I wondered what life was like after adventure, the normal is really hard but it is insanely beautiful. There was an illusion that vulnerability came only with the big adventure but I am learning it’s a choice that is always available. Sometimes it is just being sick when you are sick and letting people help. They all seem like terrible, horrible, really awesome days and I think I am starting to like it.


The Other Side of Trying

It’s been an odd January. We have been getting all the rain that we didn’t get for the last few years, my health has been horrible and there is a giant Boston sized hole in our calendar.

For two full years, we had a mission, go to Boston, fill out the forms, live bravely, go to Boston, repeat. On the first trip to Boston in March of 2014 I had no idea what to expect. Honestly, I didn’t think the medication would work and believed that the research needed to happen so that we could learn by failing.

There were so many unknowns at that time. We rallied our people around us and we bravely went. It was truly like nothing we will ever do again. Before we enrolled in the trial I had to make one major shift in the way I thought, I had to believe that Claire could be better. That was hard. I felt like I betrayed her in that. All I have ever wanted was for Claire to feel like she’s enough, exactly how she is. To tell her we had to do all this so that maybe she could be better, that was hard. Thankfully she rolled her eyes at me and made it clear, we needed to go for it.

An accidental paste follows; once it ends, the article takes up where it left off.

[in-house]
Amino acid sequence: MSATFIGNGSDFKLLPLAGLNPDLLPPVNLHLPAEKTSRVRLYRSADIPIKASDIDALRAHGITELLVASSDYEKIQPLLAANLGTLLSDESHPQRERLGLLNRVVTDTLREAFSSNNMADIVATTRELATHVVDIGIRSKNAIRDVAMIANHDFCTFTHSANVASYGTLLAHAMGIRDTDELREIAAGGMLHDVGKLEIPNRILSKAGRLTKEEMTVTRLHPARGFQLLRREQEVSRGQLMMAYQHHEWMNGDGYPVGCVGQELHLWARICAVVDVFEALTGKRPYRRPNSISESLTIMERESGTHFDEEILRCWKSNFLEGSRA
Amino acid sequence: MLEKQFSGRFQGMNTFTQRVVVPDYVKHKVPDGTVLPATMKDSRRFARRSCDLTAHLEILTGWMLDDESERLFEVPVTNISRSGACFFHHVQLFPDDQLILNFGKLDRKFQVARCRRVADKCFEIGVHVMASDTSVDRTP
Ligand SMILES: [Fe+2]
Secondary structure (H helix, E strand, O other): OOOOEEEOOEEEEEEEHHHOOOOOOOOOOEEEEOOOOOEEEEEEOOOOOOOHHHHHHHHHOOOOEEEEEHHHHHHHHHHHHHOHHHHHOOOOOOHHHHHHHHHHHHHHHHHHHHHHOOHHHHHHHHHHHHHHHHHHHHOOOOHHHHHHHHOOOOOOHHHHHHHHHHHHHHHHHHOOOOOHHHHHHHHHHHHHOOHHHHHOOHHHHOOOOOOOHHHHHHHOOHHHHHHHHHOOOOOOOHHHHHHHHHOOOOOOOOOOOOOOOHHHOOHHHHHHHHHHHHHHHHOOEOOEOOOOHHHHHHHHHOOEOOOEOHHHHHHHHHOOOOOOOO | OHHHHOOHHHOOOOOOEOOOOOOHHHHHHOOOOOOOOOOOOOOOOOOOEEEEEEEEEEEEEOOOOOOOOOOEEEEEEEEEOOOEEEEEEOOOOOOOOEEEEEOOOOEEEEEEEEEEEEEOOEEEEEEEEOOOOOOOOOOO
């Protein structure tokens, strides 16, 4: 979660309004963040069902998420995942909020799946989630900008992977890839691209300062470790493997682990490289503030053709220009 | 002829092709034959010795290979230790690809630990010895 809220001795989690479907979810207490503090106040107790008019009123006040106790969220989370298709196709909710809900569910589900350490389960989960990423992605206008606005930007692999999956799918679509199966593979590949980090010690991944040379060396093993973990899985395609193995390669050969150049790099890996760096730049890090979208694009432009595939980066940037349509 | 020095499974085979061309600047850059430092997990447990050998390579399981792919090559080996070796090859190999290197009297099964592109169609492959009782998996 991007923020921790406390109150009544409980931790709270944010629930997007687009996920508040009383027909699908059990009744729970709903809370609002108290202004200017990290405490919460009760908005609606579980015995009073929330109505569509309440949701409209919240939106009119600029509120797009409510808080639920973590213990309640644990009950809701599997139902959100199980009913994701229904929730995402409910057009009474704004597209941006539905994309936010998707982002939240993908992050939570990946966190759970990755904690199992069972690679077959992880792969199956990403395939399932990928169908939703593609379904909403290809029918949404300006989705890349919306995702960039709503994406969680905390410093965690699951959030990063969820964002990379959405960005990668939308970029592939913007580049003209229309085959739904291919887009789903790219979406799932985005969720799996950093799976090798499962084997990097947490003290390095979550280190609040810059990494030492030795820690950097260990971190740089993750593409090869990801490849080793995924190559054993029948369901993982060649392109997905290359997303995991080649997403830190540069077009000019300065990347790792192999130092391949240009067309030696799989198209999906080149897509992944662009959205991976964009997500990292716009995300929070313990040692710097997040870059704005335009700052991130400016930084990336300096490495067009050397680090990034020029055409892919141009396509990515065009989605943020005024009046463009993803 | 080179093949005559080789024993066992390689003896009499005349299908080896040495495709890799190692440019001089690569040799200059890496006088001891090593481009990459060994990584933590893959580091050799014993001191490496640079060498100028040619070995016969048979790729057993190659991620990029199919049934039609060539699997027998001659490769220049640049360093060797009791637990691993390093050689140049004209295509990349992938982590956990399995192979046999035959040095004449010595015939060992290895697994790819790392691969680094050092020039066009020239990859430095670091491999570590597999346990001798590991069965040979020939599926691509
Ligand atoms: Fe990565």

I had never dreamed so big and stepped out so vulnerably as the day that we flew to Boston for 24 hours for the screening visit. I had so many questions and somehow today, I have answers and it’s weird. It’s weird to not be trying. To be done with that. It’s uncomfortable to not have dates for Boston on our 2016 calendar.10154259_10151992569710880_6076214292283447961_n

I know now what it is like to have Claire, a little better because of a medical intervention. I really like Rett having a little less grip on her, yet still it controls too much. It’s become our new norm. We’ve moved on to new, still not exactly typical challenges with life. With the trial done we are trying to figure out how to find a balanced life that doesn’t revolve around research. It’s sorta normal and awesome and empty all at once.

I learned the hard way that we can’t sustain a healthy life and push that hard for too long. The part of me that wants a normal life for Claire is still there, but instead of being indulged with brave big plans, that part sits on a bench and takes deep breathes with the waves as they crash.

Now I discuss time as before and after Boston, as it was a major turning point. I’m so glad Claire wanted to go for it as I have learned so many lessons in the process. One of those was that it is good to go for what’s scariest. The new scariest thing, just living, in our new normal, the adventure never really stops. IMG_5088


I feel like a crazy person. The days all feel so normal and lovely and completely nuts all at the same time. I’ve really been struggling this week. I am so completely worn out from the break. It is depressing that the care that Claire requires depletes Jared and I if we have no help for two, four day weekends in a row.